One of the worst things that could happen while you are out on the water trying to have a good time is your boat breaking down. Just like with a car, there are many different things that can go wrong. Your only choice may be to ask for help from either a towing company or a fellow boater. However, in some instances a prepared captain may be able to make the necessary repairs to at least get the boat back to your Lake of the Ozarks boat lift. BoatingMagazine.com interviewed a group of respected boat mechanics to come up with the 10 most common reasons boats break down, as well as what it would take to fix the problem and prevent future ones from occurring.
1. Sputtering and Losing Power
If your boat feels like its running low on power but you still have plenty of fuel, you most likely have a problem with your filter or spark plugs. The solution to this problem is to replace the fuel filter; its a good idea to keep an extra one on board along with a filter wrench in case you get caught in this situation. If you don't have one with you, the next best thing to do is clean out the filter to remove any debris and drain any accumulated water. Afterward, be sure to vent the engine box thoroughly before restarting it. If you forget this very important step, you will have bigger problems than just a clogged filter. Although its possible to get a bad batch of fuel, its more likely that it went bad while in your boat. Leaving your tank low on fuel for a long period of time causes condensation and water in the gas. If your boat is going to sit for awhile, you should consider adding a fuel stabilizer and then be sure to run the boat long enough to get the treated gas into the engine as well.
2. Broken Belt
You probably won't hear the sound of the belt actually breaking, but you will know something is wrong when your overheat warning light comes on or your voltage meter shows that the alternator isn't charging. This problem can shut you down in a hurry because you'll no longer have an alternator or water pump. Although there are many videos and other info out there about jury-rigging a temporary belt with fishing line or pantyhose, it makes sense just to keep an extra belt on board. To prevent this problem from occurring while you are out on the water, you should inspect, tighten and dress the belt before you take off. You also might want to check the condition of the pulleys' contact surfaces because corrosion can cause rough spots on the pulleys that will eat away your brand new belt.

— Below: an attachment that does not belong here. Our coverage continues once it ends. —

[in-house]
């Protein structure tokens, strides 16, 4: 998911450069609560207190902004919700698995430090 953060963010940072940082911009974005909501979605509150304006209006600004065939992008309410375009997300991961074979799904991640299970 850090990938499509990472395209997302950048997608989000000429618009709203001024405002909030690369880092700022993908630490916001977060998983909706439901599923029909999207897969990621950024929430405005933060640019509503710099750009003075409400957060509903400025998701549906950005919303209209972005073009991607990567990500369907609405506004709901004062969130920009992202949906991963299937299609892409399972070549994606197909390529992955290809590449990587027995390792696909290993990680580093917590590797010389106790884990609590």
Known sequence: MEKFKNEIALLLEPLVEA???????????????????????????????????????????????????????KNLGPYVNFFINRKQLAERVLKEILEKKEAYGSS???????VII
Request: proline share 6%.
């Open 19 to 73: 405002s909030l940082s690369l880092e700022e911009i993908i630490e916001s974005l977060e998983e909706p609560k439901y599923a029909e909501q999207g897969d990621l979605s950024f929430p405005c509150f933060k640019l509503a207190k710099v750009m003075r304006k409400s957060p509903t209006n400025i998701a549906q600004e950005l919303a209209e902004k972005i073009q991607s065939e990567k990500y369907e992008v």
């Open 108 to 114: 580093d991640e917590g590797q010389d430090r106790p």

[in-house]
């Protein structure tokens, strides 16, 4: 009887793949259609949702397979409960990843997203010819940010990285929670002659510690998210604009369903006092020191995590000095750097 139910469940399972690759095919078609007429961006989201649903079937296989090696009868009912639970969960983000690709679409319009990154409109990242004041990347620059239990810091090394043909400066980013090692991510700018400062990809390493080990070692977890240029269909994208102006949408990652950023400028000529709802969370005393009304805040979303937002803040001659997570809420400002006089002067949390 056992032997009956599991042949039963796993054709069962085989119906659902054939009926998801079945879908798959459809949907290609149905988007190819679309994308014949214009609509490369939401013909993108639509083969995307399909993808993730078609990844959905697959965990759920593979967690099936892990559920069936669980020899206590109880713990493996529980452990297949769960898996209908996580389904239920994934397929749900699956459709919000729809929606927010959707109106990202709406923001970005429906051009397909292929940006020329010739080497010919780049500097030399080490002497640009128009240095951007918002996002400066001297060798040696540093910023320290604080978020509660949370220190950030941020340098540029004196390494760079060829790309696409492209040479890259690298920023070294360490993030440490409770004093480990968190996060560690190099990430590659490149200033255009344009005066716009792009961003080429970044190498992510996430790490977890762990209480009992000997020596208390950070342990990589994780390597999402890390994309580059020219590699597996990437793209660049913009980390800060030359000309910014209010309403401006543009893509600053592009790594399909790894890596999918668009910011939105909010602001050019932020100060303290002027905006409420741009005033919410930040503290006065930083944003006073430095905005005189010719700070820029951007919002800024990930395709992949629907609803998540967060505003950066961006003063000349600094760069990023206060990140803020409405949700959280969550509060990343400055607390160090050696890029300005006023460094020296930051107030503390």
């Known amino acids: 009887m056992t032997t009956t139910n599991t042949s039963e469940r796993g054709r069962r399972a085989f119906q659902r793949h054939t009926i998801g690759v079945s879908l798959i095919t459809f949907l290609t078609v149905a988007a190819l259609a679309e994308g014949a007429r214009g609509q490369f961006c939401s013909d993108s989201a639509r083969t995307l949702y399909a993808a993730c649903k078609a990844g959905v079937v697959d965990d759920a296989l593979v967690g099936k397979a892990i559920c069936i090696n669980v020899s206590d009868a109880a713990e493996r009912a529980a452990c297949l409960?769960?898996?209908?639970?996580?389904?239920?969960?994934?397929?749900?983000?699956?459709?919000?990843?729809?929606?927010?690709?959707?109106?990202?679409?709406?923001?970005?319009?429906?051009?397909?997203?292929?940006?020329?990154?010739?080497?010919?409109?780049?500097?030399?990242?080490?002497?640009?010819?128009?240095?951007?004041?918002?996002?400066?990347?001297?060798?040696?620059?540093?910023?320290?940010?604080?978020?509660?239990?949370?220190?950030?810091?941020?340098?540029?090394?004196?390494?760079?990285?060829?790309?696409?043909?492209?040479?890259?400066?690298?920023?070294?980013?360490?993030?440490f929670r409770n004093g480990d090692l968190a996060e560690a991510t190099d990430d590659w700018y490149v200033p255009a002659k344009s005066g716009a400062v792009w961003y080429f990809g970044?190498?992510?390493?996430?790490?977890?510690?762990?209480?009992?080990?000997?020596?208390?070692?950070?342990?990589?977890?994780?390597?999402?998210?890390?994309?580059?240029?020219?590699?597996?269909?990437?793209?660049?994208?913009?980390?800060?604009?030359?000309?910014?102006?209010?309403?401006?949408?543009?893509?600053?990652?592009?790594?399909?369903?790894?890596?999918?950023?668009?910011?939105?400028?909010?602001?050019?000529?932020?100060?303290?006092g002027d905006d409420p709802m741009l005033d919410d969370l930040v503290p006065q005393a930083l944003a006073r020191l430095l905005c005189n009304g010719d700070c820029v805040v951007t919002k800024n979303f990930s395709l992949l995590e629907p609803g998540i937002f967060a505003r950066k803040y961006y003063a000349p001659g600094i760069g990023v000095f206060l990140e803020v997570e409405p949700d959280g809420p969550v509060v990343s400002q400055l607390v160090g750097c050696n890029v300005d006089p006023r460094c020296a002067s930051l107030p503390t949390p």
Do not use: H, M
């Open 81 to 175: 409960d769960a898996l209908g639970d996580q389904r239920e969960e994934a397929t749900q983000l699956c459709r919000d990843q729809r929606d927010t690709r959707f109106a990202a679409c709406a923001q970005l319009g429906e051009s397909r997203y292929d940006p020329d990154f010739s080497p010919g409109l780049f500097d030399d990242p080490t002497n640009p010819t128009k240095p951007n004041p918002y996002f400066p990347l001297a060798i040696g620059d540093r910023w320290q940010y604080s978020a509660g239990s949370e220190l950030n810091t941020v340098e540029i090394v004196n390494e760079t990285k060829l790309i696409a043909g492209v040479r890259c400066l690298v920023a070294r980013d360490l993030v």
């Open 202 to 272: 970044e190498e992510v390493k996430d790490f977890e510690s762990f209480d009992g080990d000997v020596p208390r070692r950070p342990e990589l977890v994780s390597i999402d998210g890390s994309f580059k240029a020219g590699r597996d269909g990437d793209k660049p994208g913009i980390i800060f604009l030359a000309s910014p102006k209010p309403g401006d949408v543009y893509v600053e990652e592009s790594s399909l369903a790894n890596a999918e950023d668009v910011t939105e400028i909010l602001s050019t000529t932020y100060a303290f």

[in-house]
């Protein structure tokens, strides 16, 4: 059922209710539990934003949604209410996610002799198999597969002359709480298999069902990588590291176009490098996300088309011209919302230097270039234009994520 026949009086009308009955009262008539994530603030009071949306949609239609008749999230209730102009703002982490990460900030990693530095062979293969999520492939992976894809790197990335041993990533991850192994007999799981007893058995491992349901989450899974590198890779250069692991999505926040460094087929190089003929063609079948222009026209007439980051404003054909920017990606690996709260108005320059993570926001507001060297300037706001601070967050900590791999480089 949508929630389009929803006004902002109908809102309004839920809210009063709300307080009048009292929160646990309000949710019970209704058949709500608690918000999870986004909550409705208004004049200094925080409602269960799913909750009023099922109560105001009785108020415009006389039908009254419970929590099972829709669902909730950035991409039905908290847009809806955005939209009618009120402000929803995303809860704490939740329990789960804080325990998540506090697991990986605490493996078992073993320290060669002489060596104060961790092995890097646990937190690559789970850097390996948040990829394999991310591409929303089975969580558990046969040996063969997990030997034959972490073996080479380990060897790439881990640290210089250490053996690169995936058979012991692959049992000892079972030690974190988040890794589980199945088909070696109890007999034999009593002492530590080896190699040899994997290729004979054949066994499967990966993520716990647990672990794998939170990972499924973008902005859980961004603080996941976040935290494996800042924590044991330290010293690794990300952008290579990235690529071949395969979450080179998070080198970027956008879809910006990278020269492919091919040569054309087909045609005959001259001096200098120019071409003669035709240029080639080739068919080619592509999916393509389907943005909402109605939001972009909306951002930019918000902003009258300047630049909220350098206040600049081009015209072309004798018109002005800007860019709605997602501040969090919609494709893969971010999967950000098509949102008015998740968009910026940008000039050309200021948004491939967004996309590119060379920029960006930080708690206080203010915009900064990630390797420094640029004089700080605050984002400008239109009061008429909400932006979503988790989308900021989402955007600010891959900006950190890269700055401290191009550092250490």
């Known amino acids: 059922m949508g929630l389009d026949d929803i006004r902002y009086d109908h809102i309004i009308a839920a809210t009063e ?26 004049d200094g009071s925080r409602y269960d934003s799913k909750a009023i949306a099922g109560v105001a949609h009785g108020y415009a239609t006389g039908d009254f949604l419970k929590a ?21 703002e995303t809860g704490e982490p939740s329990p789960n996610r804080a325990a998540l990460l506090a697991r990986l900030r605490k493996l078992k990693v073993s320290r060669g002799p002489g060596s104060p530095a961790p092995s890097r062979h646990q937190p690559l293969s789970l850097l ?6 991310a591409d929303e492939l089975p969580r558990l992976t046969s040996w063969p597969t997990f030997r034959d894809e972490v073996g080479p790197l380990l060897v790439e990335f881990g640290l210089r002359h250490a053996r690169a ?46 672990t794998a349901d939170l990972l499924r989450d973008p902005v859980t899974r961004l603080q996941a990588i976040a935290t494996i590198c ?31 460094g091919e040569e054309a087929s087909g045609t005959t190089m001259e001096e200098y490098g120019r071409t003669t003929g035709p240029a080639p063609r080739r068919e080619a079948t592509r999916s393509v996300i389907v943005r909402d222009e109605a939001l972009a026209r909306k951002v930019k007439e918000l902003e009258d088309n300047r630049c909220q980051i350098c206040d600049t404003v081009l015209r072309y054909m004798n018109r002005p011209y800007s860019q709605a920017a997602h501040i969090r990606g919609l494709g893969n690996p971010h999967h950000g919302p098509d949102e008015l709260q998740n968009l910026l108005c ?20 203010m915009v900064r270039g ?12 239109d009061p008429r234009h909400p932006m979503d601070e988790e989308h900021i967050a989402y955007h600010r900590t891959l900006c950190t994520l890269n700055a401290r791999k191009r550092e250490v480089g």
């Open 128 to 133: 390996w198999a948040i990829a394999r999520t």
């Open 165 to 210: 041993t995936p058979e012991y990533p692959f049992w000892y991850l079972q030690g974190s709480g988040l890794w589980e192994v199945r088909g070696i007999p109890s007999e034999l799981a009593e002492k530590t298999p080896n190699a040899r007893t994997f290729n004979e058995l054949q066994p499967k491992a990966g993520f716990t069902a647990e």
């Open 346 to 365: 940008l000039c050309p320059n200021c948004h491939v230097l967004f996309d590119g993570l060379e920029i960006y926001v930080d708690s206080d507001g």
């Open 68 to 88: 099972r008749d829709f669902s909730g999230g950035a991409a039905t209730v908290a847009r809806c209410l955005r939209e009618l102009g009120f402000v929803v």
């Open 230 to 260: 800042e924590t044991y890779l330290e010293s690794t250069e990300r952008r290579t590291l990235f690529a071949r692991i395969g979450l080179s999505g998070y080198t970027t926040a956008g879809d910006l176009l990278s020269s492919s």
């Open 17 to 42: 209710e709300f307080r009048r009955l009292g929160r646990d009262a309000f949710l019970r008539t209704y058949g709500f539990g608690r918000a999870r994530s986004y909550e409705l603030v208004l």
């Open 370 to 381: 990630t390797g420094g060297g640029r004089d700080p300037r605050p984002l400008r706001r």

If the temperature gauge is rising, it almost always means you have a lack of water flow in the cooling loop. Most boats don't have radiators like your car, instead they use the water they are floating on to cool the engine. If that water stops flowing, the engine heats up and ultimately it will fail. To solve this problem, trace the source; in many cases, the problem is an obstruction in the raw water intake such as weeds, mud or a plastic bag. If you locate the intake and clean it out, that will most likely solve your issue. Be sure to carry a soft wire or rod to snake intake clogs. To prevent this from happening in the future, its important to regularly service and replace the impeller. You should check for any scarring or pitting of the metal housing because that can cause even a good impeller to lose pumping power. Also, have the mechanic check the exhaust system.
4. Won't Start
You know the frustration of turning an ignition key and hearing nothing. This is most likely an electrical issue, possibly a low or dead battery or a break somewhere in the ignition circuit. First thing to do is check the kill switch. Make sure the shifter is in neutral and pay special attention to the starter switch. Sometimes the dashboard mounter will become loose causing the entire switch mechanism to turn with the key. Fixing this type of problem can be as simple as getting behind the dash and tightening up a retaining nut or mounting screws. If the starter groans but won't engage, it could be a low battery, but it also might be a loose or poor connection. For prevention, the key again is routine maintenance. Inspect, clean and replace your wiring periodically. Be sure to carry screwdrivers with insulated handles and wrenches in case you find yourself in this situation.
5. Went Dead
Stay tuned next week for the next 5 points in the top 10 reasons boats break down! If your boat is fine but you are having issues with your lift, be sure to Summerset Boat Lifts to get it serviced before it starts causing problems for your boat! Outstanding service is what makes this Lake of the Ozarks boat lift company stand out. We want our customers to relax knowing their boat lift needs are being handled by professionals. Summerset’s record of service after the sale is unparallel in the boat lift industry. We don’t just sell you a lift, we sell you our service. We’re here to make certain you and your boat get the very best level of product and service at the Lake!
1165 Jeffries Road Osage Beach, MO 65065
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